10 Things You Should Start Doing If You Want to Age Gracefully
Many anti-aging products are all about firming skin and minimizing wrinkles. But how you age on the inside is way more important. Even if you already take a yoga class and have forced yourself to eat more kale, there are so many simple habits that can help.
Dr. Lucia Aronica, a Stanford lecturer and researcher specializes in educating others on how to understand their unique genetic makeup to live their best lifestyle. You might say she knows the secret to slowing the aging process. Or even reversing it.
The end result? You live longer and feel better while you do it. It starts by incorporating these habits into your lifestyle little by little.
1. Quit Eating Lots of Processed Food
Too much highly processed food, like processed snack foods, deli meats and anything else with a lengthy list of unpronounceable ingredients can negatively impact heart health and lifespan.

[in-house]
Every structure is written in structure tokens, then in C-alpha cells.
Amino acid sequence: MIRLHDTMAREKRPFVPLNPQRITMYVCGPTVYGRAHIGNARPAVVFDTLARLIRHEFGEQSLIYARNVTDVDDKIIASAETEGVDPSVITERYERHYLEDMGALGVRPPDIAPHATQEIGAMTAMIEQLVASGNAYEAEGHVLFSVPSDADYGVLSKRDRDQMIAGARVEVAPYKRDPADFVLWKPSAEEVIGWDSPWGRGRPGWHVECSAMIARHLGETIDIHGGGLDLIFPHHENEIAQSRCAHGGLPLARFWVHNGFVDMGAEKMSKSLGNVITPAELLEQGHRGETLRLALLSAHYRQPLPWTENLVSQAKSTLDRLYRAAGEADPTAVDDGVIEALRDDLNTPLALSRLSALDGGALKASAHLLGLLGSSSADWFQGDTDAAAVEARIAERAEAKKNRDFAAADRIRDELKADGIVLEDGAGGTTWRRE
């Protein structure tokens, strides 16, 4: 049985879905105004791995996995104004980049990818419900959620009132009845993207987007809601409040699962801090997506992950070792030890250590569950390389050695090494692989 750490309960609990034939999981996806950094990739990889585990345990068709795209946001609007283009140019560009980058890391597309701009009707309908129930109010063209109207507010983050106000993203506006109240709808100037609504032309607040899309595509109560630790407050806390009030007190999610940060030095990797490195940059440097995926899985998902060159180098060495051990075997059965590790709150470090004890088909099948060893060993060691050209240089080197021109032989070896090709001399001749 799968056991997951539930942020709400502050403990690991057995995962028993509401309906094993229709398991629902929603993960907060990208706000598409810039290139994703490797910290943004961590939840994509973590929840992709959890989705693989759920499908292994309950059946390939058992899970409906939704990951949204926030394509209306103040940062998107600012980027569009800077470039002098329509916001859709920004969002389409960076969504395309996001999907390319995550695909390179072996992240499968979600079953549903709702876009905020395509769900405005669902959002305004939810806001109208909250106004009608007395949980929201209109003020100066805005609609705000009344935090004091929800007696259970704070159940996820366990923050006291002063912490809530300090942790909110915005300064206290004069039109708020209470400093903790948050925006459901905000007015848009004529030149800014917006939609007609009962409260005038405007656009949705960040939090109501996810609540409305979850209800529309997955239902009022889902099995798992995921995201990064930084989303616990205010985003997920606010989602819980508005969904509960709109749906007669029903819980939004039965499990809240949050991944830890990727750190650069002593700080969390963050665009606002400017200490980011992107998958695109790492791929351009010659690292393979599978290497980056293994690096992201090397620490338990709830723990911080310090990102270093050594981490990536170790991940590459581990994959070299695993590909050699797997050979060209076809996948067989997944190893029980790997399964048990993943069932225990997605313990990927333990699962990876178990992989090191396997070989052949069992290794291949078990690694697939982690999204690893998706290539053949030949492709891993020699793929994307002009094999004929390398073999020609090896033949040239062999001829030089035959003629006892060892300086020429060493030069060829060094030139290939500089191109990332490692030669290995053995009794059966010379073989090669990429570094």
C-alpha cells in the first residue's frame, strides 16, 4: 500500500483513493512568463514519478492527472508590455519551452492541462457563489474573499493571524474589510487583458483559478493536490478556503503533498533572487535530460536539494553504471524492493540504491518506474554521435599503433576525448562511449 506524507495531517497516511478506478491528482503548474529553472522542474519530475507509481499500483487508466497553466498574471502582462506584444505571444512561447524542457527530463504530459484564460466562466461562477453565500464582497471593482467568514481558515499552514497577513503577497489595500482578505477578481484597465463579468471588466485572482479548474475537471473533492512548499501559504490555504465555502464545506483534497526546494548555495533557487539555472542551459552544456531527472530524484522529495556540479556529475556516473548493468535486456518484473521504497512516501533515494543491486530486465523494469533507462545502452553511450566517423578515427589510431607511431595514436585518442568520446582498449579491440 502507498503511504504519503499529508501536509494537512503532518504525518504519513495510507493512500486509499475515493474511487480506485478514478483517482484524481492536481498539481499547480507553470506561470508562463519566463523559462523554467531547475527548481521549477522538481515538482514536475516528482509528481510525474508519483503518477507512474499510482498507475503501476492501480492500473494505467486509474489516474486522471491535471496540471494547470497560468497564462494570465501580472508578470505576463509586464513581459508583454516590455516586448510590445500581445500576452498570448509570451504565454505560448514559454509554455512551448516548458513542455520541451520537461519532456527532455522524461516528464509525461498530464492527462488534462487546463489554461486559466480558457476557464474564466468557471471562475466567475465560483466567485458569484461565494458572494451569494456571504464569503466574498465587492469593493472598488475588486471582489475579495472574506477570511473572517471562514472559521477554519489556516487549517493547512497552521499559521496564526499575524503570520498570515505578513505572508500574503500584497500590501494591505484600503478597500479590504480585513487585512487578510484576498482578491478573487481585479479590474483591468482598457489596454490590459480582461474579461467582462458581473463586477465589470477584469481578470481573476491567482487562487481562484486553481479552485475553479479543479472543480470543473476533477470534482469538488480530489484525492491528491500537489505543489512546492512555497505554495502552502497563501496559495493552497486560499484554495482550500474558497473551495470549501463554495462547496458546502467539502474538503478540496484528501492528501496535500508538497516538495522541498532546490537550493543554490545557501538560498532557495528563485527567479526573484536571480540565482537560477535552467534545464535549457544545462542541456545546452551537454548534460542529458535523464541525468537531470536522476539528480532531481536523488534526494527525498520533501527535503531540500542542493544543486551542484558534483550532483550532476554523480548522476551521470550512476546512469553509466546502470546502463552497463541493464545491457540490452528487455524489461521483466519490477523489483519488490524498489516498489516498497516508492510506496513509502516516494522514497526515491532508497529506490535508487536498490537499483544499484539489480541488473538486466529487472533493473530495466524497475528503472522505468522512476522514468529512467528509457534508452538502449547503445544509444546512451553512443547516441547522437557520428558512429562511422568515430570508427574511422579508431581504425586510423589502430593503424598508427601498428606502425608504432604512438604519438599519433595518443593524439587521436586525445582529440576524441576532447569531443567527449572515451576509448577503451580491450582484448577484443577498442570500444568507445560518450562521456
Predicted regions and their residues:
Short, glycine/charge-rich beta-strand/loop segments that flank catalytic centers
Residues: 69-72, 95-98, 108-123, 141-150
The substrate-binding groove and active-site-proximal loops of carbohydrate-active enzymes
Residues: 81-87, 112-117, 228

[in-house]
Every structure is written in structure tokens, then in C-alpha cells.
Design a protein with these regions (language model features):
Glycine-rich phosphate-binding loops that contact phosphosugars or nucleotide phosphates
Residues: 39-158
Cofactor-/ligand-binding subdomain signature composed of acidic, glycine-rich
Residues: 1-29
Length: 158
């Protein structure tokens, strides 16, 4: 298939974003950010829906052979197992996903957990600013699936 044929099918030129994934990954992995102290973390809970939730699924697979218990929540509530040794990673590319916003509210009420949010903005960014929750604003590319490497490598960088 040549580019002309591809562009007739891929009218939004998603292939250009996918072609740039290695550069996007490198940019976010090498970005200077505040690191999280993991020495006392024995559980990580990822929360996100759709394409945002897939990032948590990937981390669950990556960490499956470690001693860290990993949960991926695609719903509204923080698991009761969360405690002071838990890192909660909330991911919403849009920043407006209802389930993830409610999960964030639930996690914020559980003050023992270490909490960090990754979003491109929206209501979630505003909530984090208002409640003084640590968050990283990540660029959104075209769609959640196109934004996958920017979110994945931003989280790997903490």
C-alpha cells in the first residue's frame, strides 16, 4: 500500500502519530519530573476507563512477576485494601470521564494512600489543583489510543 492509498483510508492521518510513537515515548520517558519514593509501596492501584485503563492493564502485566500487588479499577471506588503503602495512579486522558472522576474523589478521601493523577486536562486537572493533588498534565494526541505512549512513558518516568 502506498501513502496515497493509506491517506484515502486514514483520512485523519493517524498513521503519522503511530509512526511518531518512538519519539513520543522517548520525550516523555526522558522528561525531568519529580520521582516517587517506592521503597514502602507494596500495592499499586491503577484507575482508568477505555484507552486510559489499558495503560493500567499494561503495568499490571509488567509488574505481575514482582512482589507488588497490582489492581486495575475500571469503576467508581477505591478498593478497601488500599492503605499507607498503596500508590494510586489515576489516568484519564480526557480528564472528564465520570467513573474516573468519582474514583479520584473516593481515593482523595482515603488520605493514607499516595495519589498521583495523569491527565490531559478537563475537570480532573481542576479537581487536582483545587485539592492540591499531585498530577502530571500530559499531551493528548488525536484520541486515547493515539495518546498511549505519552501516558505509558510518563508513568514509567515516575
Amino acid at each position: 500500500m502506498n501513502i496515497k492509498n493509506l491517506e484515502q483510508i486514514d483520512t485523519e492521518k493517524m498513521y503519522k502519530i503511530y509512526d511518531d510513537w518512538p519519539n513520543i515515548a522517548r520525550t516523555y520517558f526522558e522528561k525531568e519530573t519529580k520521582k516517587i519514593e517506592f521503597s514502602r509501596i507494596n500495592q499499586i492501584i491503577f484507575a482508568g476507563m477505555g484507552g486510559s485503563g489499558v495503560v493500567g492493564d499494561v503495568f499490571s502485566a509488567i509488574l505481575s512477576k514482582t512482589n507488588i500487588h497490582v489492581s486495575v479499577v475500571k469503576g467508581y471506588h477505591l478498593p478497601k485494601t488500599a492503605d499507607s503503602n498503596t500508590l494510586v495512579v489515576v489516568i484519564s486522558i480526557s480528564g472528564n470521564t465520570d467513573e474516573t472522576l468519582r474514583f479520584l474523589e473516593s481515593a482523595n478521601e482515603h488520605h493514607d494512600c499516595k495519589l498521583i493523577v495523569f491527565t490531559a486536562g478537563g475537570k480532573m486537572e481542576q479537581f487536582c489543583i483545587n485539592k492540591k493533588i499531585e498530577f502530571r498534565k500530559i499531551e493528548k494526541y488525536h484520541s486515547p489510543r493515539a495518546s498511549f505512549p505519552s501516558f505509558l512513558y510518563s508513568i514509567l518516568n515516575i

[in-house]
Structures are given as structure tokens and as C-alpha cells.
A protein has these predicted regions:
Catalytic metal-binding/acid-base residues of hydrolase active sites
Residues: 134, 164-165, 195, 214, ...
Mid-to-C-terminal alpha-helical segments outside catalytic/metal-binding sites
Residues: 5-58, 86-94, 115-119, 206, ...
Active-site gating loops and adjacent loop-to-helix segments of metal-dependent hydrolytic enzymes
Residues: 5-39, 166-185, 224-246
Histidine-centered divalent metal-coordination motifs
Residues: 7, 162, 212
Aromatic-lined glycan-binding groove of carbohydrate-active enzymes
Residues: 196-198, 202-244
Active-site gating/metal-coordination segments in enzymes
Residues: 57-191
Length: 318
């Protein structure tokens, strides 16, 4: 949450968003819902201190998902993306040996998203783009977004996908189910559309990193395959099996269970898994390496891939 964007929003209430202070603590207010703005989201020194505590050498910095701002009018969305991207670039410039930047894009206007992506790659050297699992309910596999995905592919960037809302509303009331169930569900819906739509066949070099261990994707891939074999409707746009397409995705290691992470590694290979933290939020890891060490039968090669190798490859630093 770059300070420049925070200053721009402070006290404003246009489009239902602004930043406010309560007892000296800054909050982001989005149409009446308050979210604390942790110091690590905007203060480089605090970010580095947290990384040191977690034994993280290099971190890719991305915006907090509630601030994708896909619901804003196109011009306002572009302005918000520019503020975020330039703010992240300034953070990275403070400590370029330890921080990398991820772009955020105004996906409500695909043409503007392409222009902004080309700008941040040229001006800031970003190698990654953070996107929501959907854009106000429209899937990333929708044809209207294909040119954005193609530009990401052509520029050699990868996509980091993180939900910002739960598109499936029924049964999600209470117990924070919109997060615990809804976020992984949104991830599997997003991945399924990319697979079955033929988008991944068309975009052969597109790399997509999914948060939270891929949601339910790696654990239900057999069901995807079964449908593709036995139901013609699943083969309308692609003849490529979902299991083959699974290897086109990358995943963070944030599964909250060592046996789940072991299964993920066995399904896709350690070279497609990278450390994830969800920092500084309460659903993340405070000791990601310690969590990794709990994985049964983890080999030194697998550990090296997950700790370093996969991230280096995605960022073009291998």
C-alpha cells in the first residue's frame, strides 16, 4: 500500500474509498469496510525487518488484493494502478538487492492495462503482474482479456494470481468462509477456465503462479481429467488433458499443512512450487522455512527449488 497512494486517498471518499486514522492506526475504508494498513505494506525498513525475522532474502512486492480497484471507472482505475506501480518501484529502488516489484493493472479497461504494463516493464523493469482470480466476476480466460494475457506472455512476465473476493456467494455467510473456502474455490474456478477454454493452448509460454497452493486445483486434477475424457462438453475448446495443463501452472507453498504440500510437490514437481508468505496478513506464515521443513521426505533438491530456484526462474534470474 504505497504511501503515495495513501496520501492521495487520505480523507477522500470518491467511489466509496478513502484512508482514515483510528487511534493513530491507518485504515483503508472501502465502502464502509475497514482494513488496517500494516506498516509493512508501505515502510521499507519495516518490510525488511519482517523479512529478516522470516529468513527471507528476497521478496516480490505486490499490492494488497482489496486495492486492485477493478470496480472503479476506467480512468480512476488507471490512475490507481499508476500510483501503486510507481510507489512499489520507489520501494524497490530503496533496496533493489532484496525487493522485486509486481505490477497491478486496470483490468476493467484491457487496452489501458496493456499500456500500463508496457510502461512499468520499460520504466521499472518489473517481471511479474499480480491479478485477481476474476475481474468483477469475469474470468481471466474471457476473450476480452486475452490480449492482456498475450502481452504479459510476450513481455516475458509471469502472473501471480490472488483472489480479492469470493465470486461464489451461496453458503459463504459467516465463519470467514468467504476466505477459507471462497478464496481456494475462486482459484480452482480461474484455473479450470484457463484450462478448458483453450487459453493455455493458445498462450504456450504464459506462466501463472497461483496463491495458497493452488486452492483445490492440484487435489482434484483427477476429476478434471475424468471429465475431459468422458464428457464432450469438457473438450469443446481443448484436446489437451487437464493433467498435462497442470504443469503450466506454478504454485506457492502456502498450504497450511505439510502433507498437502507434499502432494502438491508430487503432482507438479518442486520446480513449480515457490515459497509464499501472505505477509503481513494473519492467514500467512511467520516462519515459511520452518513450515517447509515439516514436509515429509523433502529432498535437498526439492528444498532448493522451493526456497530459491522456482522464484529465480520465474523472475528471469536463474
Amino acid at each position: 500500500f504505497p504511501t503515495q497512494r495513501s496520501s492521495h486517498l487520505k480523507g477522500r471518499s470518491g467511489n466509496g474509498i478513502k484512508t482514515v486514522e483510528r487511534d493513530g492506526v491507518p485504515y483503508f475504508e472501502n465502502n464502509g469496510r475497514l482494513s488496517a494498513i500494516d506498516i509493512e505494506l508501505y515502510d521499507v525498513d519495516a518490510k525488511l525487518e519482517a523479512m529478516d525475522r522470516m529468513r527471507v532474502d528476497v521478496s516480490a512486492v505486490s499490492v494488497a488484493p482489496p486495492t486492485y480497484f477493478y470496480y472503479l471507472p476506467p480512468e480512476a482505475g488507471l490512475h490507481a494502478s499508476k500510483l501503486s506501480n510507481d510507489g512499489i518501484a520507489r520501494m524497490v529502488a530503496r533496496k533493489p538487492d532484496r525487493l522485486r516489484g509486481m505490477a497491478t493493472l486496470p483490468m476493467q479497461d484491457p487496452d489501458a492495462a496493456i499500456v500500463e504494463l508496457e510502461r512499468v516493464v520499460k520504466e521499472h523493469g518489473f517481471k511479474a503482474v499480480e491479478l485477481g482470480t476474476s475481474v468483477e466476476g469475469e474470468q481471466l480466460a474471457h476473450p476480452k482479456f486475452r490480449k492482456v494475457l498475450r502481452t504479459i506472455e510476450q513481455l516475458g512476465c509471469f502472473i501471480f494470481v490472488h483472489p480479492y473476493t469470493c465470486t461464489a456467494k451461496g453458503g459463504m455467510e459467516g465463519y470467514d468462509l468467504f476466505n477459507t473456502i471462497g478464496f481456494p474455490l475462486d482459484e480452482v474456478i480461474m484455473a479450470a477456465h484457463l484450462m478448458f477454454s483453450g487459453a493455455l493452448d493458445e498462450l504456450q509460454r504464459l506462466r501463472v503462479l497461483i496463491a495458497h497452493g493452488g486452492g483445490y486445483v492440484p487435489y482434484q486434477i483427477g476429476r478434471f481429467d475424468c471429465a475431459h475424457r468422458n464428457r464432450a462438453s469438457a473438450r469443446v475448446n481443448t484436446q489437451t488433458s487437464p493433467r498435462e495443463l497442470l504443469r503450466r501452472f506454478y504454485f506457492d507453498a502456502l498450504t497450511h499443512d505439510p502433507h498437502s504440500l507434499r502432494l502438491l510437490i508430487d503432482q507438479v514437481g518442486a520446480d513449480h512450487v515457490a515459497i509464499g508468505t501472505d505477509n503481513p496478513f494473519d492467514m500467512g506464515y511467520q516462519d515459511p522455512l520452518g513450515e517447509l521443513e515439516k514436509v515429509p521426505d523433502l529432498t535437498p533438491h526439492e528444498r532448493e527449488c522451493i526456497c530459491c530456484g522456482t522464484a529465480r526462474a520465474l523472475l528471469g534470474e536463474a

There's no need to go completely plant-based to improve your heart health. Just replace red meat with oily fish, lean cuts of meat or vegetarian meals with lots of high-protein beans and legumes, such as lentils, white beans, black beans and garbanzo beans.
The more fresh, whole foods you eat, the better. Even swapping out red meat a few times a week will help.
2. Check Labels for Added Sugar
Are you ready for this? A mocha cookie crumble frappuccino at Starbucks contains a cringe-worthy 54 grams of sugar. None of their other blended drinks are much better, and even a flavored latte can push your daily sugar intake over the recommended limit. The same goes for sodas and sweetened ice teas.
The American Heart Association recommends keeping your sugar intake under 32 grams per day for women and 36 grams per day for men. Artificial sweeteners can also increase cravings for sugar, so it's best to limit diet drinks as well.
Even if you think you're eating healthy foods, like whole grain cereals and wheat bread, so many products on U.S. shelves contain added sugar. Ketchup, salad dressing, bottled smoothies, peanut butter, dried fruit and granola bars all hide a surprising amount of added sugar.